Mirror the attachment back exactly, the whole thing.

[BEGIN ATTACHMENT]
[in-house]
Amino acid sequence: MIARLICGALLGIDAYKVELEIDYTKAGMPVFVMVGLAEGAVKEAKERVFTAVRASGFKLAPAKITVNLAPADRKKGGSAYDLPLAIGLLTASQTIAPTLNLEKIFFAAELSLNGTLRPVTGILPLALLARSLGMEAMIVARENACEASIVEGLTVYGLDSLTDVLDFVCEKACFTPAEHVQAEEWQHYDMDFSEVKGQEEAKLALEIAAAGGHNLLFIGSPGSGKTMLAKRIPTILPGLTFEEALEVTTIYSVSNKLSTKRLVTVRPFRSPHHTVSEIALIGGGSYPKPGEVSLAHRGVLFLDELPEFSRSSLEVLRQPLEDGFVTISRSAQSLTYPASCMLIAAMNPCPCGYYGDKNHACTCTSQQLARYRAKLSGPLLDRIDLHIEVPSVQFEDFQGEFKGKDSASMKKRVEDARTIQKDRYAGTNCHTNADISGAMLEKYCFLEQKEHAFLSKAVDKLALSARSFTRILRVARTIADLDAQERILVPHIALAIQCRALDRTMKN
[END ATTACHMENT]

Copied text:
[in-house]
Amino acid sequence: MIARLICGALLGIDAYKVELEIDYTKAGMPVFVMVGLAEGAVKEAKERVFTAVRASGFKLAPAKITVNLAPADRKKGGSAYDLPLAIGLLTASQTIAPTLNLEKIFFAAELSLNGTLRPVTGILPLALLARSLGMEAMIVARENACEASIVEGLTVYGLDSLTDVLDFVCEKACFTPAEHVQAEEWQHYDMDFSEVKGQEEAKLALEIAAAGGHNLLFIGSPGSGKTMLAKRIPTILPGLTFEEALEVTTIYSVSNKLSTKRLVTVRPFRSPHHTVSEIALIGGGSYPKPGEVSLAHRGVLFLDELPEFSRSSLEVLRQPLEDGFVTISRSAQSLTYPASCMLIAAMNPCPCGYYGDKNHACTCTSQQLARYRAKLSGPLLDRIDLHIEVPSVQFEDFQGEFKGKDSASMKKRVEDARTIQKDRYAGTNCHTNADISGAMLEKYCFLEQKEHAFLSKAVDKLALSARSFTRILRVARTIADLDAQERILVPHIALAIQCRALDRTMKN